What is Kokumi? #savoury #flavour

What is Kokumi? Could it be some kind of Japanese tea; an electronic pet that you need to try to keep alive; or some elaborate type of paper-folding?

The answer is ‘none of the above’.  Kokumi is, in fact, a  potential flavour enhancer. Many of you will already be of the different types of taste: salt, sweet, sour and bitter and umami. Umami, which was discovered in 1908 by Dr Kikuna Ikeda of Tokyo Imperial University, translates from the Japanese as ‘yummy deliciousness’ or ‘pleasant savoury taste.’ In around 2008 through studies on mice, scientists discovered that humans also have unique receptors on the tongue that respond to calcium – a potential sixth taste sensation – Kokumi.

The difference between umami and kokumi

Umami can be attributed to certain flavours – e.g. those that you might term ‘more-ish’ such as  parmesan cheese, cherry tomatoes, soy, mushrooms, cured meats, dried fish, other cheeses, slow cooked meats and vegetables, such as soups or broth. Kokumi, on the other hand, doesn’t have a specific flavour of its own. Instead it acts to increase the flavour in savoury dishes.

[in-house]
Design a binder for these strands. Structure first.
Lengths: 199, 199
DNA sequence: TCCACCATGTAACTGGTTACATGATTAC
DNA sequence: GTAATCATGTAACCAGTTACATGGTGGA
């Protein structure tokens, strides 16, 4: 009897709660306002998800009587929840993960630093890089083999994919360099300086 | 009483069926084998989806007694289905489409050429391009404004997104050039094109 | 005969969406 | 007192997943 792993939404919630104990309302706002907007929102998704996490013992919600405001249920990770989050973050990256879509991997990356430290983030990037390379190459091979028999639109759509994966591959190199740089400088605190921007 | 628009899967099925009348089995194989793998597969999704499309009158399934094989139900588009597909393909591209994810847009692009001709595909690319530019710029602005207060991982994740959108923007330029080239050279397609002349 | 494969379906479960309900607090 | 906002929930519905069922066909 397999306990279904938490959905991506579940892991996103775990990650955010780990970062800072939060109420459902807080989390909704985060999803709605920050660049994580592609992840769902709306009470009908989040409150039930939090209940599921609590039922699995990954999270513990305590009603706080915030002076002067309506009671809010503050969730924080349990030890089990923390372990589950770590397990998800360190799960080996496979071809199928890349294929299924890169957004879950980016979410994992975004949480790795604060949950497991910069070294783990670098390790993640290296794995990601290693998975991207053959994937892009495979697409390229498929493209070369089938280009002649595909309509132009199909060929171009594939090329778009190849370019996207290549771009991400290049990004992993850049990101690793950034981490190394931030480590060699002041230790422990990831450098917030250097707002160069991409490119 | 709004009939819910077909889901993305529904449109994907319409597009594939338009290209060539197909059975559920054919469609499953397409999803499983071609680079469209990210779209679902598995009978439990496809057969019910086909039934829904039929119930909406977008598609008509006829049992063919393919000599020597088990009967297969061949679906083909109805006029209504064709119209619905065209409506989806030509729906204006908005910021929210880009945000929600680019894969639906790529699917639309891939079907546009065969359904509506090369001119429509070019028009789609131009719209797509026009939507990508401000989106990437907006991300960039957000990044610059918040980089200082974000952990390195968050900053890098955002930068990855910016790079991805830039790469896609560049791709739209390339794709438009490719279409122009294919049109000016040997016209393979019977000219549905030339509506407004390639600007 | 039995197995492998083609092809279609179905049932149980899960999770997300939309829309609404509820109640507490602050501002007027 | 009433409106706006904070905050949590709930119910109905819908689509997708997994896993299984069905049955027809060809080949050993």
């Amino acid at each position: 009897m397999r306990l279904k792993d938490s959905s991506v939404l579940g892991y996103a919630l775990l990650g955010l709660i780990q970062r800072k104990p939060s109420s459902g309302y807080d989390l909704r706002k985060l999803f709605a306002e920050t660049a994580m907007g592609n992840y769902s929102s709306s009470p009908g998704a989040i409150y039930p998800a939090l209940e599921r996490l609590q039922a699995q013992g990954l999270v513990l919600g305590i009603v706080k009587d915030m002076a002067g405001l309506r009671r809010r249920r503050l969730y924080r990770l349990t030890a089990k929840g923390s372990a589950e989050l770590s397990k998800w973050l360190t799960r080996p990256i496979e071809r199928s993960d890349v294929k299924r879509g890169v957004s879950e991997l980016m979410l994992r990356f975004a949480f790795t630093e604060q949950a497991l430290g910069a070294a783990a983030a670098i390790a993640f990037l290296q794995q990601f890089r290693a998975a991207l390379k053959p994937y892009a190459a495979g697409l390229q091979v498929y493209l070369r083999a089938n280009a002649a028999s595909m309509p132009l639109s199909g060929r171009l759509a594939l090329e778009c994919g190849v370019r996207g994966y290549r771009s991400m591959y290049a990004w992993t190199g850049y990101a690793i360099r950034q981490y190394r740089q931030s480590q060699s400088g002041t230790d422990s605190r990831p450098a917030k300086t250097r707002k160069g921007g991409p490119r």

Dr David Baines , internationally-renowned flavourist and co-tutor of our annual ‘Creating Thermal Process Flavours’ course, says that if you include milk proteins and certain amino acids in a beef flavouring recipe the flavour can be enhanced in a similar way to monosodium glutamate (MSG). This is because the receptors in the tongue are responding to the calcium. A number of short peptides which respond to calcium can also act as a flavour enhancer. The best example of these is a reduced form of glutathione.

The dish in which umami was  first identified was a traditional Japanese fish soup containing fermented fish flakes. One of the best sources of the peptides  which give the kokumi reaction is milt – in other words fish sperm.

In this country, although we eat other parts of animals, we’re maybe not quite ready for fish sperm as an ingredient in our food. However, the good news is that we can activate the calcium receptors in our tongue and thus our enjoyment of savoury flavours with aged gouda instead of MSG in certain foods.

To find out more about our specialist course ‘Creating Thermal Process Flavours’, please click here. It runs from  23rd – 27th October 2017.

Scroll to Top